This time last year we reviewed the BBC’s 2013 coverage of the Middle East against the background of civil liberties in that region. The 2014 Freedom House survey of political rights and civil liberties notes a general deterioration since we last visited the topic, with the report stating:
“The Middle East and North Africa as a whole had the worst civil liberties scores of any region.”
Last year six MENA countries were categorised as ‘Partly Free’ by Freedom House with the definition of that categorization being as follows:
“A Partly Free country is one in which there is limited respect for political rights and civil liberties. Partly Free states frequently suffer from an environment of corruption, weak rule of law, ethnic and religious strife, and a political landscape in which a single party enjoys dominance despite a certain degree of pluralism.“
This year the number of Partly Free countries has gone down to five: Tunisia, Lebanon, Morocco, Libya and Kuwait.
Freedom House categorises countries as ‘Not Free’ according to the definition below:
“A Not Free country is one where basic political rights are absent, and basic civil liberties are widely and systematically denied. “
Countries in the ‘Not Free’ category this year are: Jordan, Algeria, Egypt, Qatar, Oman, Yemen, Iraq, the UAE, Iran, Bahrain, Saudi Arabia and Syria. The PA controlled territories and the Gaza Strip are also defined as ‘Not Free’. Two additional countries defined by the BBC on its website’s Middle East page as part of the region are Mauritania and Sudan, both of which are also categorised by Freedom House as ‘Not Free’.
Only one country in the Middle East is defined as ‘Free’ according to the following definition:
“A Free country is one where there is open political competition, a climate of respect for civil liberties, significant independent civic life, and independent media.”
That country is Israel.
As we noted here last year, one might perhaps expect that at least two of the BBC’s public purposes would have the effect of focusing the corporation’s coverage on states which do not have independent media of their own and on informing BBC audiences of issues relating to the absence of political and civil rights in far too many Middle Eastern countries. But is that actually the case?
The data we have gathered here over the last year shows that in that period of time Syria (Not Free) has received the most exposure and coverage on the BBC News website’s Middle East page – almost exclusively in relation to the civil war which has been raging there for nearly four years. The country receiving the second most coverage in 2014 was Iraq (Partly Free) – mostly in the wake of the rise of ISIS there. The third widest coverage and exposure was given to the one and only country in the Middle East defined as ‘Free’: Israel. Egypt, which in this year’s Freedom House report moved from the ‘Partly Free’ category to the ‘Not Free’ category, came fourth in terms of coverage and exposure on the BBC News website and Iran came fifth, with the bulk of BBC coverage relating to the P5+1 talks rather than to internal affairs.
If we compare the BBC News website’s coverage of Israel to that of the ‘Partly Free’ countries it defines as making up the Middle East we see that Israel (‘Free’) received more coverage than all of those five countries put together.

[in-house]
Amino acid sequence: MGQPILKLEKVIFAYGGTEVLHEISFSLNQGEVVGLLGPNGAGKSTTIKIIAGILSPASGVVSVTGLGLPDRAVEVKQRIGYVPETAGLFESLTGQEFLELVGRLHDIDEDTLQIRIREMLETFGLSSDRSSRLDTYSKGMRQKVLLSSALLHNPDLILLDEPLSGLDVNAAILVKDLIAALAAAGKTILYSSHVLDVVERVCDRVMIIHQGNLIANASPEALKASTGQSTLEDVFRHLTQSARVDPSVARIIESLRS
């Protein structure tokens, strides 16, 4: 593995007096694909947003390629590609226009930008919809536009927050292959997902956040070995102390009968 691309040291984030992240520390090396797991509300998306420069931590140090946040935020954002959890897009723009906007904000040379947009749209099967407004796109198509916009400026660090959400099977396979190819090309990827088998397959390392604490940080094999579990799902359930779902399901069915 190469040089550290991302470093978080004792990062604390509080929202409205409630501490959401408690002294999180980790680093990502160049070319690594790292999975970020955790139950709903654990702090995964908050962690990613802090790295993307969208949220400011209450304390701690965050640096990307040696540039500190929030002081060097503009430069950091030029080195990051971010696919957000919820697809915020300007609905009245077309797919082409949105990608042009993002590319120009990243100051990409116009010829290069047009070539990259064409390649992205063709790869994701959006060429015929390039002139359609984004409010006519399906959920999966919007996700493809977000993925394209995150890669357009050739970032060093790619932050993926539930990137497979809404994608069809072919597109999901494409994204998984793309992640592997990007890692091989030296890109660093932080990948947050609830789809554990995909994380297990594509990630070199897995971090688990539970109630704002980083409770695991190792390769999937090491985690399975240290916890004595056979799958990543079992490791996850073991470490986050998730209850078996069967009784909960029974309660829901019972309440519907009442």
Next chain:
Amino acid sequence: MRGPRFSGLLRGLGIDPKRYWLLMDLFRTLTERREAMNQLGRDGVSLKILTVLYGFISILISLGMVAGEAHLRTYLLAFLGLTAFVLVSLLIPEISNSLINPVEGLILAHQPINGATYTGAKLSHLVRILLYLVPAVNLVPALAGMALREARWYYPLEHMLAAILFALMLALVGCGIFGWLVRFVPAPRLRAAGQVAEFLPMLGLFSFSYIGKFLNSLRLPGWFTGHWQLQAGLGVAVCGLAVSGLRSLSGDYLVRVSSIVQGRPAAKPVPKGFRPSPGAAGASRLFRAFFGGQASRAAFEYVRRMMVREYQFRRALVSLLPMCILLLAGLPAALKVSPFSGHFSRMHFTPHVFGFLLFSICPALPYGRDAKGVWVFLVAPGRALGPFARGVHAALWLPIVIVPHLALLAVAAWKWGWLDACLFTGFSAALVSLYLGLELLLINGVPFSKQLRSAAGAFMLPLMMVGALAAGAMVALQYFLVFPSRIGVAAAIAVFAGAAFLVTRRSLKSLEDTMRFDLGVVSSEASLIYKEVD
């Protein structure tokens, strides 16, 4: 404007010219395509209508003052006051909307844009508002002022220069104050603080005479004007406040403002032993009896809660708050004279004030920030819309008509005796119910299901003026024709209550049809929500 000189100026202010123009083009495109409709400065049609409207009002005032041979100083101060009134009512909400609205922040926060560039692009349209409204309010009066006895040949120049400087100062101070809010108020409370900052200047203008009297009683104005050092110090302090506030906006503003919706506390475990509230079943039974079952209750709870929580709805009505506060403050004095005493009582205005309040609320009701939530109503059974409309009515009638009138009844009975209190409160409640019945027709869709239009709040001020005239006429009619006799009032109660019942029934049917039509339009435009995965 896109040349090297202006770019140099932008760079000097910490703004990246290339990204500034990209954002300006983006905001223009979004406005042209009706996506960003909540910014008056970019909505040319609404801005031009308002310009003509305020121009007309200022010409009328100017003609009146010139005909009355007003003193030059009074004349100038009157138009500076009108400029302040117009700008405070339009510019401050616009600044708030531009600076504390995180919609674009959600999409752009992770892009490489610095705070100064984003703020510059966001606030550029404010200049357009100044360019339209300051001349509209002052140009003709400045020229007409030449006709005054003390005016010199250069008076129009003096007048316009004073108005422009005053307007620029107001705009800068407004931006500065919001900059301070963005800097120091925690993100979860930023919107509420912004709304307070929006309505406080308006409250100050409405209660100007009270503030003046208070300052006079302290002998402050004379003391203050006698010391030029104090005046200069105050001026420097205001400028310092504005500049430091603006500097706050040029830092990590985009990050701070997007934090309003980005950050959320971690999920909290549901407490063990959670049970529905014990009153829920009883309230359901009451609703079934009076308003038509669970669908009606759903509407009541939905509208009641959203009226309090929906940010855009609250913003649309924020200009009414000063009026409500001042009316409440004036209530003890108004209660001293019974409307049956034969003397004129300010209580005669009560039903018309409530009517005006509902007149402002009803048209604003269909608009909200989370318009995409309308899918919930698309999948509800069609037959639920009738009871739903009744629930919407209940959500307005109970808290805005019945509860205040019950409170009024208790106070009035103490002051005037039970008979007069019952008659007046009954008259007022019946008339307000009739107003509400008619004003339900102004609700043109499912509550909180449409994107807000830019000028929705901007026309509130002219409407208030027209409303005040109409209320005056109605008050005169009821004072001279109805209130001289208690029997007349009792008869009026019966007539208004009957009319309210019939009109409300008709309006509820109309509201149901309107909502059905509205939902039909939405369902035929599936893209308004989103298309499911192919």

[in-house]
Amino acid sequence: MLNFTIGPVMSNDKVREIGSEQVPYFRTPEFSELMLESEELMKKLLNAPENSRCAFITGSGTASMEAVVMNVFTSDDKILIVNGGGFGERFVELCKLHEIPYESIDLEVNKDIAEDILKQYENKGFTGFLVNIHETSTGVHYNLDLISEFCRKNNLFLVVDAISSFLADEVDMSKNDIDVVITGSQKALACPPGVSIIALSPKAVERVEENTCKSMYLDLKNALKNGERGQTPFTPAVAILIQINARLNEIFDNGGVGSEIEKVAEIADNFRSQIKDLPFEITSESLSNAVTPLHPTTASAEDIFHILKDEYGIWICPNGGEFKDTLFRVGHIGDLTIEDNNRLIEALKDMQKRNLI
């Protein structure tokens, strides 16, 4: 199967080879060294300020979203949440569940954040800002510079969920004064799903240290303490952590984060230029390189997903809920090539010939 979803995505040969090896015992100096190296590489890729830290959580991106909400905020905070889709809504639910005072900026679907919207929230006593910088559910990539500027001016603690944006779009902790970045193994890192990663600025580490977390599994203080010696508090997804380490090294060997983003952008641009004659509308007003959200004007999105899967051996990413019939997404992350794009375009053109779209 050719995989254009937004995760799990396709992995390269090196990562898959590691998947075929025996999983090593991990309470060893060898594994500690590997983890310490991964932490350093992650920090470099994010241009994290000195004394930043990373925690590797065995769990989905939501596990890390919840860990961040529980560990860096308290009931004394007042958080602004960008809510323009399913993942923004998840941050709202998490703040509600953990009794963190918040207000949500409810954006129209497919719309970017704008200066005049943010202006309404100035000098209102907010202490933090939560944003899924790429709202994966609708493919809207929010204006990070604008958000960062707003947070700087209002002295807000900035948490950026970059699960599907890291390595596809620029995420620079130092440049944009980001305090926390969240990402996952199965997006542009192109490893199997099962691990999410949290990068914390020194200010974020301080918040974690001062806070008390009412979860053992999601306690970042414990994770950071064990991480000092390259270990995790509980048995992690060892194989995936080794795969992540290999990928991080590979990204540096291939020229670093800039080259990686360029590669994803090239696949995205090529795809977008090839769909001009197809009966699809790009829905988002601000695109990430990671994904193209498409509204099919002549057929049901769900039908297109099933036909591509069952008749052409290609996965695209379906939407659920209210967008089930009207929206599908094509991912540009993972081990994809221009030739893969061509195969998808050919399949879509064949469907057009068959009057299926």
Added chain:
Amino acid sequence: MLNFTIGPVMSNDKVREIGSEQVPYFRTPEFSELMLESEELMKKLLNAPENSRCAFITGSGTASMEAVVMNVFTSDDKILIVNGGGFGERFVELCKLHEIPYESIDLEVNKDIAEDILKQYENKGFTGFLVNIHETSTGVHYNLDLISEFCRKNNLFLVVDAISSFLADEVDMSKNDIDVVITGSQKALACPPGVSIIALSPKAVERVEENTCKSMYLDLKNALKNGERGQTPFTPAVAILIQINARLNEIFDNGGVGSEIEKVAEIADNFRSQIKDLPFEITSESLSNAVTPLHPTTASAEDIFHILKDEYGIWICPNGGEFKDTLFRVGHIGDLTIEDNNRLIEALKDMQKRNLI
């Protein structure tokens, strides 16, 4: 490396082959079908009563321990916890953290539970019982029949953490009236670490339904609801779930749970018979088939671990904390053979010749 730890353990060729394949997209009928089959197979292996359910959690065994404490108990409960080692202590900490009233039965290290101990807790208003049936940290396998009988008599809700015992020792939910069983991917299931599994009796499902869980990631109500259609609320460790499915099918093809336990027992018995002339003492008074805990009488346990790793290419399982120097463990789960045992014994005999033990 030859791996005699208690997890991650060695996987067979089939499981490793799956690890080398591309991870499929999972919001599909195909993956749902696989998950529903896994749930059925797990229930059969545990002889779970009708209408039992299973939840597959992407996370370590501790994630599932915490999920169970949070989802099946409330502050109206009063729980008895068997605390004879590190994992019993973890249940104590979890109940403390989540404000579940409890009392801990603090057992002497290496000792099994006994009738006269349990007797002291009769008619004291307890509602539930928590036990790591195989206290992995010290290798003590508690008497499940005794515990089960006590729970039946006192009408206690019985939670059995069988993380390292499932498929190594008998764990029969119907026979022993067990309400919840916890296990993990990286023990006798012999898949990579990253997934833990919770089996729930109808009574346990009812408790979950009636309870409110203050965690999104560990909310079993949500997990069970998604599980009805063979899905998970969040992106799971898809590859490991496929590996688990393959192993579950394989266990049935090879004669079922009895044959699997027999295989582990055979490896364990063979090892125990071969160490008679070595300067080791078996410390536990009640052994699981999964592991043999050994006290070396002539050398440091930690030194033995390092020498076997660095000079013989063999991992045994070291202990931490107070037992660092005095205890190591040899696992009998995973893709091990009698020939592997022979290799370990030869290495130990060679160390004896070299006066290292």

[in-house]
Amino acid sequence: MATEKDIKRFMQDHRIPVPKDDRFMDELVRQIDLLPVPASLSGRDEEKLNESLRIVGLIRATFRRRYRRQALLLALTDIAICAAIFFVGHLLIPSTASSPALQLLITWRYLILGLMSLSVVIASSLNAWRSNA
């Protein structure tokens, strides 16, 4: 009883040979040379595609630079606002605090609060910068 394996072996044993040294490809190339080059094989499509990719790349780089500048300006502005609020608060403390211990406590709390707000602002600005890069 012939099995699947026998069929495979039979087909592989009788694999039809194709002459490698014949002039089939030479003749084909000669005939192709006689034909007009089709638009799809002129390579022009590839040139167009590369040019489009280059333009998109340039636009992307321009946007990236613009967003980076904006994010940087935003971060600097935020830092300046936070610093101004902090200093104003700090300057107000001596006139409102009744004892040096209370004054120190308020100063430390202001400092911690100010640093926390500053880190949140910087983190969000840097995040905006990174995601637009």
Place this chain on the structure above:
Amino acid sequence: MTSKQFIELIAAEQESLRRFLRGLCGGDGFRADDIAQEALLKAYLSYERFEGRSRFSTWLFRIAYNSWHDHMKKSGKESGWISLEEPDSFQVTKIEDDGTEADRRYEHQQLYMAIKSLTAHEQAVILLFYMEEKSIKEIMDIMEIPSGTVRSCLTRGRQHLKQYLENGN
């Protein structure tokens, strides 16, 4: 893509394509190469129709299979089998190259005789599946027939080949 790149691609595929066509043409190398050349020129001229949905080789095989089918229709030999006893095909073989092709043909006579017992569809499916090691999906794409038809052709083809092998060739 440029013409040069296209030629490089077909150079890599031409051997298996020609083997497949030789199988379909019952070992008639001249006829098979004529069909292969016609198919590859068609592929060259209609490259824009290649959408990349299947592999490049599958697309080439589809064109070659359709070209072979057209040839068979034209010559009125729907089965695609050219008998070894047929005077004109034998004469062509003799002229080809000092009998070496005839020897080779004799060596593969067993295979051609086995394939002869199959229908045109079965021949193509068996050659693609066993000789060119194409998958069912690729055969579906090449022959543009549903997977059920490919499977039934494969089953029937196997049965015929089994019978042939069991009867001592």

Countries receiving the least coverage on the BBC News website’s Middle East page in 2014 were Mauritania (with zero coverage) followed in ascending order by Sudan, Oman and the United Arab Emirates. All those countries are defined as ‘Not Free’.
Among the ten countries in the world described by Freedom House as the “worst of the worst” – i.e. having received the lowest possible score for both political rights and civil liberties – are three which appear in the BBC’s definition of the Middle East: Sudan, Syria and Saudi Arabia. Israel received over two hundred times more coverage than Sudan and over four times more coverage than Saudi Arabia on the BBC News website’s Middle East page in 2014.
Comparison of the coverage of Israel (‘Free’) with that of the ‘Not Free’ countries and territories shows that with the exception of Syria and Iraq, Israel received more coverage and exposure than all the other countries/territories.
As we have noted here before, an issue arising from the 2012 report commissioned by the BBC Trust on the subject of the ‘Arab Spring’ was that of excessive focus on one particular Middle East topic.
“Although the review does not cover the period before December 2010, some BBC executives volunteered the view that in that period Middle East coverage focused too intensively on the Arab-Israel conflict, at the expense of the wider Arab world, so that the public was more surprised by the outbreak of the “Arab Spring” than it need have been.”
BBC News website coverage of the Middle East in 2014 shows that once again the editorial policies which brought about that conclusion have not significantly changed and that a disproportionate focus on the one free country in the region remains a characteristic of BBC reporting.
We have on several occasions noted here that the BBC refrains from reporting on internal Palestinian affairs and that as a result its audiences are not adequately informed with regard to the status of the political rights and civil liberties of Palestinians living under Palestinian Authority or Hamas control. The same observation is true with regard to many other regimes in the Middle East, with several of those having the worst records continuing to receive the least BBC coverage.